During this time, she softened my hard edges and helped me to see the joy in even the littlest of things. For that, I can never thank her enough. For years I had been frustrated with my lack of accomplishing anything of meaning to me. Here I was, over $60,000 in debt from college, no degree, no job worth talking about and she still showed me all the kindness and goodness in the world. She saw my frustration at how my life was turning out and still forced me to look at it in a positive light. She told me to take that negative energy and make it positive. She taught me how to slow down and enjoy the small victories. Victories like seeing a shy high school kid get praise for doing something that frightened them down to their core. Linda help to show me that the journey is the important part of everything; not the destination. The journey is what shapes you, molds you and lets you know what kind of person you can become.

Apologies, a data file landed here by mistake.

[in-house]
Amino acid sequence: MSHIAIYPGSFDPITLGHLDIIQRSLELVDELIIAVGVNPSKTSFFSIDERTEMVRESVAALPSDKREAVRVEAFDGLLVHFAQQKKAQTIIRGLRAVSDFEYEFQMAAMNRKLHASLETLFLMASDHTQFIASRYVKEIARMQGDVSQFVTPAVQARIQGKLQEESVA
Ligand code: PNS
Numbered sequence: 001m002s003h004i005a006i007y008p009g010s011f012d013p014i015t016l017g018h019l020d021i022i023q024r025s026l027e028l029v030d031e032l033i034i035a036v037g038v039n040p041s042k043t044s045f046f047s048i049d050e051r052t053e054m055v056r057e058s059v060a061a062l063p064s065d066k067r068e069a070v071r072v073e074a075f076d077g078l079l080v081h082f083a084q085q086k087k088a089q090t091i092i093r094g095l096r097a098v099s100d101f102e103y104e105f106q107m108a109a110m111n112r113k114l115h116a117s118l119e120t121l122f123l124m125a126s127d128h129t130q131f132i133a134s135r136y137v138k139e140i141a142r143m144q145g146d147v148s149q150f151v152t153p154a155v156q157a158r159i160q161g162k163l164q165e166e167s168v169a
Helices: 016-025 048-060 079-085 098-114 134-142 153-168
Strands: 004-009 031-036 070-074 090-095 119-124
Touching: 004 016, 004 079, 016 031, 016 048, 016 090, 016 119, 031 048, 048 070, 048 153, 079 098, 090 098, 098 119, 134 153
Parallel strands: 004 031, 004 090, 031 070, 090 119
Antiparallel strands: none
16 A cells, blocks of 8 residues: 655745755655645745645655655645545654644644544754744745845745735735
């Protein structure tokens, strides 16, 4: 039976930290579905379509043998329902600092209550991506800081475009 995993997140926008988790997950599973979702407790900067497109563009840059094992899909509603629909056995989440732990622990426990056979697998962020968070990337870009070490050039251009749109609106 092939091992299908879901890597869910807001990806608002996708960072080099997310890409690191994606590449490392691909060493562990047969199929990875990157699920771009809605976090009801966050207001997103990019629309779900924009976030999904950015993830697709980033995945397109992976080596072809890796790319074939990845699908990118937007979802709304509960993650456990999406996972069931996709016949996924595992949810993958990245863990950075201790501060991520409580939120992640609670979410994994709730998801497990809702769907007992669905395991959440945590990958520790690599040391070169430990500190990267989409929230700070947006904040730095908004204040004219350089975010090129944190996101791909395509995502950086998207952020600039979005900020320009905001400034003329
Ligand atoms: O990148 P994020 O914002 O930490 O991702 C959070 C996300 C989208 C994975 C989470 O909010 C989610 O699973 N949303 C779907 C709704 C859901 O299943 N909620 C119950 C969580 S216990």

I know that because of all the love Linda Perrenoud showed me during 1997-2003, I was able to move back to LA and meet my husband. He is such a beacon of light and positivity. Only because I had those 7 years with Linda and so many experiences and laughs was I able to be the person who could turn Alfelino's head on a blind date. Linda even knew I was truly leaving before I did. She saw the end of our time together coming and didn't deter me from it. She could have acted selfishly and said she needed me and I most certainly would have stayed; but she didn't. She let me try to spread my wings again and move back to California. Of course, I didn't get the dream acting job I had dreamt about. Instead I got the man of my dreams.